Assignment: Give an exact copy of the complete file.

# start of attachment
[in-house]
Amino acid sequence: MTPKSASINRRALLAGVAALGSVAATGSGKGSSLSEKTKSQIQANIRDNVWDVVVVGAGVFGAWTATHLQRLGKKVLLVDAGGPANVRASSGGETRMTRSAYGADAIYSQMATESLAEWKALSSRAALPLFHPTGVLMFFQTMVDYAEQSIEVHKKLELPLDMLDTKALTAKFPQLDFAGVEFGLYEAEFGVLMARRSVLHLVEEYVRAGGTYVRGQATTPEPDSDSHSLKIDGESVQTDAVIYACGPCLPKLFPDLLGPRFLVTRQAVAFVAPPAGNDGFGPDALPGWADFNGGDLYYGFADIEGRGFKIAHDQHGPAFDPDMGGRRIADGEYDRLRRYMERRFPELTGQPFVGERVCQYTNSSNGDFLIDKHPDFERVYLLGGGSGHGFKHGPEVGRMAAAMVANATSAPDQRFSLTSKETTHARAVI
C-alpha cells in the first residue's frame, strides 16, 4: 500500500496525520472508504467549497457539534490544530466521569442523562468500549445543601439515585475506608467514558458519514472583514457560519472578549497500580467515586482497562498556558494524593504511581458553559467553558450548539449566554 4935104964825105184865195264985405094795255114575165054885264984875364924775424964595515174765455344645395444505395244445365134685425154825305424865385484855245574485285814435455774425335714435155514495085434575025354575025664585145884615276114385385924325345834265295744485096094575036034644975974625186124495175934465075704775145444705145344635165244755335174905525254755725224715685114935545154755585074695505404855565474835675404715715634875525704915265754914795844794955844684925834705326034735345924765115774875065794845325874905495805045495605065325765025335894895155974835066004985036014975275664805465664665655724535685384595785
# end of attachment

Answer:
[in-house]
Amino acid sequence: MTPKSASINRRALLAGVAALGSVAATGSGKGSSLSEKTKSQIQANIRDNVWDVVVVGAGVFGAWTATHLQRLGKKVLLVDAGGPANVRASSGGETRMTRSAYGADAIYSQMATESLAEWKALSSRAALPLFHPTGVLMFFQTMVDYAEQSIEVHKKLELPLDMLDTKALTAKFPQLDFAGVEFGLYEAEFGVLMARRSVLHLVEEYVRAGGTYVRGQATTPEPDSDSHSLKIDGESVQTDAVIYACGPCLPKLFPDLLGPRFLVTRQAVAFVAPPAGNDGFGPDALPGWADFNGGDLYYGFADIEGRGFKIAHDQHGPAFDPDMGGRRIADGEYDRLRRYMERRFPELTGQPFVGERVCQYTNSSNGDFLIDKHPDFERVYLLGGGSGHGFKHGPEVGRMAAAMVANATSAPDQRFSLTSKETTHARAVI
C-alpha cells in the first residue's frame, strides 16, 4: 500500500496525520472508504467549497457539534490544530466521569442523562468500549445543601439515585475506608467514558458519514472583514457560519472578549497500580467515586482497562498556558494524593504511581458553559467553558450548539449566554 4935104964825105184865195264985405094795255114575165054885264984875364924775424964595515174765455344645395444505395244445365134685425154825305424865385484855245574485285814435455774425335714435155514495085434575025354575025664585145884615276114385385924325345834265295744485096094575036034644975974625186124495175934465075704775145444705145344635165244755335174905525254755725224715685114935545154755585074695505404855565474835675404715715634875525704915265754914795844794955844684925834705326034735345924765115774875065794845325874905495805045495605065325765025335894895155974835066004985036014975275664805465664665655724535685384595785